Tom Richards' Log - Extract 2|
HMS Lord Clyde - A voyage of eight months.
September 1871 - April 1872
Having spent my 7 weeks leave from H.M.S. "Star" I returned to H.M.S. "Cambridge" gunnery ship at Devonport the end of September 1870. I passed through the whole of my drills in 12 months and had my 1st class certificate renewed. I married on 12th April 1871. Then on 15th September 1871 I was drafted to H.M.S. "Lord Clyde" which was put in commission the day before by Captain Bythesea V.C. Her Commander was Henry Cleveland. She was an iron clad of nearly 6000 tons, carrying 18 guns. She was very heavily rigged. I was stationed in the gunner's crew and had charge of the directing gun starboard side of main deck. She was a broad-side ship and had a formidable ram and carried nearly 500 men. Her lower or mess deck was dark and not at all comfortable. We left England in October 1871 to join Vice Admiral Sir Hastings Yelverston's fleet in the Mediterranean.
HMS Lord Clyde
Rough passage through the Bay
We soon found the "Lord Clyde's" sea qualities to be not very good. Her rolling was terrific. After passing Cape Ashant she would sometimes roll on her beam ends, shot and shell were rolled out their racks, and two men were rather seriously injured, one an engineer. One morning just before 7 am the bugle having been sounded for cooks of messes to the galley for cocoa, and it being my watch below, I seized one of the large mess kettles and ran on the main deck to the galley where I found a hand from each mess (30) with his kettle. The ship gave one of her tremendous rolls to port throwing sailors, marines, tubs, buckets, saucepans, &c in one mass to leeward in the lee scuppers. I was just at the head of the ladder and held on amidships. No one was hurt and it was very amusing.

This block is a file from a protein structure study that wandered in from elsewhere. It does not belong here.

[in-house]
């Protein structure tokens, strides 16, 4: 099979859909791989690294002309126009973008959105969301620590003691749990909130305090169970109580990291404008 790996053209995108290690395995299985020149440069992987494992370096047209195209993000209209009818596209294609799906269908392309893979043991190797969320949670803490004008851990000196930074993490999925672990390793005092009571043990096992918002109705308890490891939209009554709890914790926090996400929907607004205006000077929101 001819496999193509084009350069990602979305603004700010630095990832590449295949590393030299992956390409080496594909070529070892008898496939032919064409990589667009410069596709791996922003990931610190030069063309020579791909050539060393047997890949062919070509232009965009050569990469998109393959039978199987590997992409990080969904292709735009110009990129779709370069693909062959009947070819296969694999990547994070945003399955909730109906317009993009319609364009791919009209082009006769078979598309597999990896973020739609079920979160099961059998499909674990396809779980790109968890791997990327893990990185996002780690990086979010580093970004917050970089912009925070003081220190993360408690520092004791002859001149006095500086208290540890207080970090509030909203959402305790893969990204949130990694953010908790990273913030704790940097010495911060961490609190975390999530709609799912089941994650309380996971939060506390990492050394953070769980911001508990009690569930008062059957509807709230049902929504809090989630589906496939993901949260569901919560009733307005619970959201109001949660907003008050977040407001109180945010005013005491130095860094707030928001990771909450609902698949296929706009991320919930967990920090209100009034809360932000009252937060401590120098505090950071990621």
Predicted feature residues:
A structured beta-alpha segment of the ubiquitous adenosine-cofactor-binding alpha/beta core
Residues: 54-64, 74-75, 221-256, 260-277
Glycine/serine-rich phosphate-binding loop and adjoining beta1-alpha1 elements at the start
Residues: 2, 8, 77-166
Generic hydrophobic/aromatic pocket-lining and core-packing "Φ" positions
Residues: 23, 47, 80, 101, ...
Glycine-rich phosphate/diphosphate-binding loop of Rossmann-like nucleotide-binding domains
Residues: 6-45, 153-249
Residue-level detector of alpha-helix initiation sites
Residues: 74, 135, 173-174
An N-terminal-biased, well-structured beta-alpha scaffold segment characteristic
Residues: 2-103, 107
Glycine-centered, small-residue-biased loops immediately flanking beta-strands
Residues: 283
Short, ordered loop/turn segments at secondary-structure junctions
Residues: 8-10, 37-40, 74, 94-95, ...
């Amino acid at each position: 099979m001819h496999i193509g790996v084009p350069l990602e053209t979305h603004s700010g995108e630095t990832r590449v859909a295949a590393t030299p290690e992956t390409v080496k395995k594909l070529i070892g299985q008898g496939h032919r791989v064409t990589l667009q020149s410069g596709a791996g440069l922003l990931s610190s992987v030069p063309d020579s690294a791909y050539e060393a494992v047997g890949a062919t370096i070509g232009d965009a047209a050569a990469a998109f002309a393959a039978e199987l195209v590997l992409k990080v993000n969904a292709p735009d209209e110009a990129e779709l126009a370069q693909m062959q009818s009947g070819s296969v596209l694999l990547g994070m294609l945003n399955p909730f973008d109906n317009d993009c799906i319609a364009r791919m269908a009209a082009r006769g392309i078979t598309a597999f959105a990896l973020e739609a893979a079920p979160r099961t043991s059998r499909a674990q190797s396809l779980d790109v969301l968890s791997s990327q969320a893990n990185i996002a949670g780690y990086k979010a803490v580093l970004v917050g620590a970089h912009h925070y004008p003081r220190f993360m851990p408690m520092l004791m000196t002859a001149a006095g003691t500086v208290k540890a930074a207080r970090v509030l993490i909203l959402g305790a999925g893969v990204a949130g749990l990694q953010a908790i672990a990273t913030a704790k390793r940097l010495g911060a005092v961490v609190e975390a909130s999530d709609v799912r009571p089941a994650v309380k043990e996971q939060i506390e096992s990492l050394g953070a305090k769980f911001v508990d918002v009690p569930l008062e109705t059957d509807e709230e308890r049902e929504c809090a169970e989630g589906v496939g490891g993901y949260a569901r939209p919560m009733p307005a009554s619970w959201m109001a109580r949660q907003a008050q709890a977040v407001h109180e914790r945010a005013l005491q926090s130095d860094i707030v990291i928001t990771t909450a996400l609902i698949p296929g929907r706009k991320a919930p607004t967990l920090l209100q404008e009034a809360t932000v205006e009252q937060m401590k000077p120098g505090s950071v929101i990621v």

The marine in the tub
But the most amusing part was a marine who dropped his kettle into an empty cook's tub which was lightly secured amidships. This tub was conical shaped, much larger at the bottom than at the top and about three feet in height, it would hold I should think more than a hogshead. As soon as the marine got inside, the tub by some means got adrift and began to give its occupant a ride towards the lee scuppers, the marine dropping out of sight. As soon as he arrived at the ship's side, the tub being still a few moments, the marine would stand up and have a look round but afraid to jump out. The ship would then give a heavy roll to starboard and the tub would take its occupant on his return journey amidships - the marine again dropping out of sight. This oscillatory jack-in-the-box movement was carried on for some minutes amid roars of laughter.
© Copyright Andy Anderson December 2003
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